The Effect of Cardiovascular Reactivity and Negative Affect On The Responsibility Attributions of Hostile Men to Provocative Partner Behavior
Cosenzo, Keryl Ann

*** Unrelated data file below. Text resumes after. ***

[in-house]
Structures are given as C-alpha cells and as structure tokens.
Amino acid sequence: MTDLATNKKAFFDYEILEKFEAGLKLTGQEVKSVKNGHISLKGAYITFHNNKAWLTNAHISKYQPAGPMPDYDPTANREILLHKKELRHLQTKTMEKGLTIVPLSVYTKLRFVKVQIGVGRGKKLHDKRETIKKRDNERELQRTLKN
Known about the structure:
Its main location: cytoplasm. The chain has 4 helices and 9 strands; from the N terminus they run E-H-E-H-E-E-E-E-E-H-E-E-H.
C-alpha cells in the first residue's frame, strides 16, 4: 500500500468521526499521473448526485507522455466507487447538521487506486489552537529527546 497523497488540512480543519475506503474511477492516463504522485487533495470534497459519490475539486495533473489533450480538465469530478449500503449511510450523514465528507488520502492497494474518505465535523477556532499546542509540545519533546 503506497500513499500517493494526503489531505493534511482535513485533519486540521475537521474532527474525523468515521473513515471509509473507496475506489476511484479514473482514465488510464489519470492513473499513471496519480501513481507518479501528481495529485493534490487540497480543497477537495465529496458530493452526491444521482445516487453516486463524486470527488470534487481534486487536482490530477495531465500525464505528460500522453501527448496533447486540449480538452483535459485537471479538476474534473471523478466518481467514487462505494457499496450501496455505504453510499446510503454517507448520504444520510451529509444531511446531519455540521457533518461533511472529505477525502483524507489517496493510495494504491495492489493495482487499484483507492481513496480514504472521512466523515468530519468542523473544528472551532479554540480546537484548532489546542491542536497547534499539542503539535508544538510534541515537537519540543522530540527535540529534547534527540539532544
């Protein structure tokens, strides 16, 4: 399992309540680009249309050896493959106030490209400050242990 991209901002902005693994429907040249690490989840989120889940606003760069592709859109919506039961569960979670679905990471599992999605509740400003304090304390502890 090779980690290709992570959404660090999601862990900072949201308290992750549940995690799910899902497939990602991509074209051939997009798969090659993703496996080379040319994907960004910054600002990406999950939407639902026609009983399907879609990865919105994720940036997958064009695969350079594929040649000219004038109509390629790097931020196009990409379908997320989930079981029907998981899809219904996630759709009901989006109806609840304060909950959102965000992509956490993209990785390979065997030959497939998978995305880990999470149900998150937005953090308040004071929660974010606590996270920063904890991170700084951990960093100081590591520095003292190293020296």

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This study investigated the roles of negative affect and cardiovascular reactivity on the attributional responding of hostile males. College males were screened with the Cook-Medley Hostility Scale (Cook & Medley, 1954). High and low hostile males were assigned to an arousal inducing (serial subtraction by 7's) or a non-arousal inducing condition (serial subtraction by 1's). Cardiovascular reactivity and self-report of affect were measured to the serial subtraction task. After the task was completed, the participant listened to a vignette (provocative or neutral) which depicted an interpersonal situation. The participant answered questions about the scene to assess attributional responding. The arousal-inducing condition was associated with significantly greater changes in systolic and diastolic blood pressure and heart rate and a higher level of self-reported negative affect than the non-arousal inducing condition. More negative attributions were reported for provocative than neutral scenes. Males in the arousal inducing condition made more negative attributions to neutral scenes than males in the non-arousal condition. There was no significant effect of arousal condition on the negative attributions to provocative scenes. Hostility did not influence the relationship between arousal condition and self-reported affect or arousal condition and attributional responding. This study showed that inducing cardiovascular reactivity prior to a neutral encounter with a partner can affect the males' perception of the potentially neutral encounter.
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